For Greene County News
MIAMI VALLEY — Groundbreaking research by the AAA Foundation for Traffic Safety reveals that the distraction drivers experience using voice activated technology – or their smartphones – to make a call, change music or send a text can linger for almost 30 seconds after the task is complete.
“This should be a wakeup call to anyone who feels safe texting while sitting at a red light,” AAA Driving School Operations Manager Michael Belcuore said. “Just because you can hit the gas when the light turns green, doesn’t mean you’re good to go.”
Researchers studying different push to talk technologies found that potentially unsafe levels of mental distraction lasted for as long as 27 seconds after completing a task in the worst-performing systems. And, at the 25 MPH speed limit in the study, drivers traveled the length of nearly three football fields during this time. Using the least distracting systems, drivers still remained impaired for more than 15 seconds.
The researchers discovered the residual effects of mental distraction while comparing the voice activated technology in ten 2015 vehicles and three types of smart phones. The analysis found that all systems studied increased mental distraction to potentially unsafe levels.
Researchers rated driver distraction on a scale of one to five, with one being relatively safe, about equal to listening to the radio, and five being highly challenging in such a way as to overload the driver’s attention. The best performing system was the Chevy Equinox with a cognitive distraction rating of 2.4, while the worst performing system was the Mazda 6 with a cognitive distraction rating of 4.6.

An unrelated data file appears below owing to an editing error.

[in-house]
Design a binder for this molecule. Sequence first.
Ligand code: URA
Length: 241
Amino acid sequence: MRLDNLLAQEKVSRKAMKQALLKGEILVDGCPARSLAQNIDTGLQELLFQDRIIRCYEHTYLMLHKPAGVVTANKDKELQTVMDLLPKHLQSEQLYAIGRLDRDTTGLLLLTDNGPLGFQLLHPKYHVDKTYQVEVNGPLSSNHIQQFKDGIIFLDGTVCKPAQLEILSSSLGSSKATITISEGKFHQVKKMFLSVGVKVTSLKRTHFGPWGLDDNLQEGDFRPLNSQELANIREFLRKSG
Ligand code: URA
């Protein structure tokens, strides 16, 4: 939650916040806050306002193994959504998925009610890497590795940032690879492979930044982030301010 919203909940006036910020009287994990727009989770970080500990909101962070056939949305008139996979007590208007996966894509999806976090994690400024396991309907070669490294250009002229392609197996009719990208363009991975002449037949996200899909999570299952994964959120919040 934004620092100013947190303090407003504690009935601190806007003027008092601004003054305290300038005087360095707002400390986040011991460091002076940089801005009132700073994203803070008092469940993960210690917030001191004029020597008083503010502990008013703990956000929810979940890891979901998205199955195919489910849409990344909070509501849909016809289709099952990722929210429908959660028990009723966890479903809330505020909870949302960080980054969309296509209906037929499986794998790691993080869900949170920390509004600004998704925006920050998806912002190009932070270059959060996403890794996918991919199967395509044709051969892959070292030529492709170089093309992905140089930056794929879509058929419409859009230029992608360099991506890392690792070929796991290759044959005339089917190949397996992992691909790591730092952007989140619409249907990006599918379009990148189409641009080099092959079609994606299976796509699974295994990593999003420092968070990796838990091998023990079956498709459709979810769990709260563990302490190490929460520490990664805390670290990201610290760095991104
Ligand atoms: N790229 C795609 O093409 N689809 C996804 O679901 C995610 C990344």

The systems that performed best generally had fewer errors, required less time on task and were relatively easy to use.
The researchers also studied voice activated smartphone technology and found that Google Now outperformed Apple Siri and Microsoft Cortana but, they say, all were dangerously distracting with ratings of 3.1, 3.4 and 3.8, respectively.
“Automakers often promote everything their connected cars can do, but this research paints a frightening picture of what drivers can’t do if they use the popular features,” Belcuore said. “Hands free does not mean risk free – it’s that simple”.
Dr. David Strayer and Dr. Joel Cooper of the University of Utah conducted the research. A total of 257 drivers ages 21 to 70 participated in the study of 2015 model-year vehicles, while 65 additional drivers ages 21 to 68 tested the three phone systems. Over the last two weeks, AAA has shared its findings with policymakers, safety advocates and manufacturers in hopes of improving the safety of future technology.